Those with survivor guilt have lived lives of constant threat. Especially often a faceless threat is omnipresent. In addition, public and personal suspicions and accusations related to Holocaust survivors without the possibility of recourse to legal protection contributed to the causes of the syndrome.
Symptoms, Ailments & Signs
Like any syndrome, surviving guilt syndrome is made up of different symptoms. At the heart of the syndrome is the crushing guilt patients feel for their survival. The central symptom of feelings of guilt is associated with other symptoms that can be of different types.
Many patients with surviving guilt syndrome suffer from accompanying symptoms such as depression. They are often powerless or even apathetic. The apathy can relate exclusively to the mental area, but under certain circumstances it can also relate to the physical area. Feelings of insecurity are also a common symptom. Those affected often feel insecure, especially in their dealings with the world.
This insecurity often initiates a social withdrawal that can extend to all areas of life. The psychological situation of the patients in turn favors psychosomatic illnesses. In addition, those affected often feel states of anxiety or excitement, which promote persistent insomnia. On the basis of the inner restlessness, delusional symptoms can develop.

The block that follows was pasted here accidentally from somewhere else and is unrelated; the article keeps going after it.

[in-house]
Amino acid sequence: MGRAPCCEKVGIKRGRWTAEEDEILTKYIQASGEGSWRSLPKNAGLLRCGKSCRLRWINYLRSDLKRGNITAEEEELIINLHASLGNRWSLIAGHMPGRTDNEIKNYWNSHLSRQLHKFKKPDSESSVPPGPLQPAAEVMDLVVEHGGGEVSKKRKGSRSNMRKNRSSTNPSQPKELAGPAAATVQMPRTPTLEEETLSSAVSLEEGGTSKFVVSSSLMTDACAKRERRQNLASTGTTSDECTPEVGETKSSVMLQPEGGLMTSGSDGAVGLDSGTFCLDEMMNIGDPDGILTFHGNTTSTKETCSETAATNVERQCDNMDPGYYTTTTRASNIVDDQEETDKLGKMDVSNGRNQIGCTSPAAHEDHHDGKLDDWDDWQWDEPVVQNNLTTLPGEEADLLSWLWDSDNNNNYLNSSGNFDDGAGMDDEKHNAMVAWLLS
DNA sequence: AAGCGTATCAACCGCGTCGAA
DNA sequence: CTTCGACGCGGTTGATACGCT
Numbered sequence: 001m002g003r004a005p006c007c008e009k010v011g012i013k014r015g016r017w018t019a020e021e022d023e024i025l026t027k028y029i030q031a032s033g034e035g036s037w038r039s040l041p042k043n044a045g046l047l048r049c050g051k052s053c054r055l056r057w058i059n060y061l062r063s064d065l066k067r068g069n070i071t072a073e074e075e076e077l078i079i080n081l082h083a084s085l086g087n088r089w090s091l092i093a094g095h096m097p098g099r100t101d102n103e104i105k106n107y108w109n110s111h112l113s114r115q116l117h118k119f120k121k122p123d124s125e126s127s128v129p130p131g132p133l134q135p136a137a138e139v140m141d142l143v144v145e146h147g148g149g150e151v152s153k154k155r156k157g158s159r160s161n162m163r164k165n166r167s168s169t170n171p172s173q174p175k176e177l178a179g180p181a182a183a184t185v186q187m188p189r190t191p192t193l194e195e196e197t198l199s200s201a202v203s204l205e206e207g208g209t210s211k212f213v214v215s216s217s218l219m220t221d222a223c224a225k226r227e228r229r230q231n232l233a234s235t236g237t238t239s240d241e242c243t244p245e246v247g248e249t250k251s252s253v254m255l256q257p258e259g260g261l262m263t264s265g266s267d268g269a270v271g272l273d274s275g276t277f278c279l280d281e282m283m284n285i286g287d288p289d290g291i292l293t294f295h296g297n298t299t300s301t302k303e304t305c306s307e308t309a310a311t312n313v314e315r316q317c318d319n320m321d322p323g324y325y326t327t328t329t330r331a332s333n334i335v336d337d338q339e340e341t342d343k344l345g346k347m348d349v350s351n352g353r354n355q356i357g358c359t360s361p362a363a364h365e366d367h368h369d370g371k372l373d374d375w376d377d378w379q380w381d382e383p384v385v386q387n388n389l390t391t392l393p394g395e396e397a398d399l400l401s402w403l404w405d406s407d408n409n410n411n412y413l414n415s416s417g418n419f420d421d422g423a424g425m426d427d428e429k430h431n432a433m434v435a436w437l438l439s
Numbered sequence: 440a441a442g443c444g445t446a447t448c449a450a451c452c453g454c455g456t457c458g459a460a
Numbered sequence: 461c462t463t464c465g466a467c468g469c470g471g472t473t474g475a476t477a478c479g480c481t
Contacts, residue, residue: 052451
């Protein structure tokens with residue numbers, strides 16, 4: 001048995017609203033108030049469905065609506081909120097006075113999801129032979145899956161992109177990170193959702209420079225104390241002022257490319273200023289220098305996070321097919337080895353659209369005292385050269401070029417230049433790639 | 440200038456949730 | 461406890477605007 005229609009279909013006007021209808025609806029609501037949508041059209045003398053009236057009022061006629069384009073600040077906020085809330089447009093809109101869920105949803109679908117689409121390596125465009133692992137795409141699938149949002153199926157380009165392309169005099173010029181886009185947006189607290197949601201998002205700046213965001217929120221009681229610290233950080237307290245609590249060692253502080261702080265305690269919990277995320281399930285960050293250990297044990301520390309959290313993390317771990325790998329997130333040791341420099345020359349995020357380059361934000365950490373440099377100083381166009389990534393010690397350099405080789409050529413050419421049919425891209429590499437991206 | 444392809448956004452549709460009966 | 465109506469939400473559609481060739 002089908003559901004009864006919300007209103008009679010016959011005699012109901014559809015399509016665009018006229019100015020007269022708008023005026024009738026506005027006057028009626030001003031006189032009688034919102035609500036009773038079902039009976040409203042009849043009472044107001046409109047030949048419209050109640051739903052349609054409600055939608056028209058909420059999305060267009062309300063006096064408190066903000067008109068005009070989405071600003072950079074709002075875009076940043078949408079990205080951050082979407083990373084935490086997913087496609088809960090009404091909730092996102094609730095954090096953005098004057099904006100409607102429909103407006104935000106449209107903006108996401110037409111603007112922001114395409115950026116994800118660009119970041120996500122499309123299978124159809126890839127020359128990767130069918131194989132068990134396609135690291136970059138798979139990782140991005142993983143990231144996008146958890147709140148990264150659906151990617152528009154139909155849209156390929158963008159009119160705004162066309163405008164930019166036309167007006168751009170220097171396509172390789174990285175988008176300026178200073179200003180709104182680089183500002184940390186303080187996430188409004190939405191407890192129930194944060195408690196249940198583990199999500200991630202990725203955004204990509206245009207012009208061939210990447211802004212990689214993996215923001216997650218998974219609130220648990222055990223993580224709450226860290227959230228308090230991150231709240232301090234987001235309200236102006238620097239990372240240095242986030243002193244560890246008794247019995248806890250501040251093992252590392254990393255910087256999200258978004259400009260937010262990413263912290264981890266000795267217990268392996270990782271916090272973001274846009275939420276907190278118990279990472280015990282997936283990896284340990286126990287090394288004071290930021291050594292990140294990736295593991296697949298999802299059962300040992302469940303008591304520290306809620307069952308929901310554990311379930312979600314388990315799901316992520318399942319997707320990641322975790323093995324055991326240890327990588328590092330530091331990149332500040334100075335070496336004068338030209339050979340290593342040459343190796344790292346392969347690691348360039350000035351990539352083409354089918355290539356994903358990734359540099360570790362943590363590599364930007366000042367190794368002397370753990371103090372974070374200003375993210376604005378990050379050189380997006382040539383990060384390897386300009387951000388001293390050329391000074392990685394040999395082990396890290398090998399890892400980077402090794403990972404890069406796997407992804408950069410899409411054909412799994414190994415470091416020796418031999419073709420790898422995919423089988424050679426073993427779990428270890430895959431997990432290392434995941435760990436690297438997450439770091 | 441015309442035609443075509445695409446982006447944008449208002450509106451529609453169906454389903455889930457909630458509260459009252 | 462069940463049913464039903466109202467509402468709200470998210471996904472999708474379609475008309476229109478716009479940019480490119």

Diagnosis & course of disease
The diagnosis of surviving guilt syndrome is usually made according to ICD-10. The stressful situation and the central symptom of guilt are the most important diagnostic criteria.
People who suffer from the guilt for surviving syndrome often develop mental illnesses and sometimes also suffer from psychosomatic complaints. For example, many sufferers become depressed or numb. Apathy can promote stress diseases of the cardiovascular system such as heart failure, high blood pressure or organ damage.
Thyroid diseases and various infectious diseases such as tuberculosis or chlamydia can also occur. Likewise diseases of the nervous system such as neuroses, depressions or myasthenia gravis. Apathy can also cause anemia with dizziness and fatigue. The guilt for surviving syndrome often causes a strong insecurity in dealing with other people, which leads to a social withdrawal.
The quality of life and well-being are greatly reduced in a diagnosed guilt for survival syndrome. Sleep disorders, anxiety and panic attacks contribute to a rather negative general prognosis. Treatment can reduce symptoms, but it also carries risks.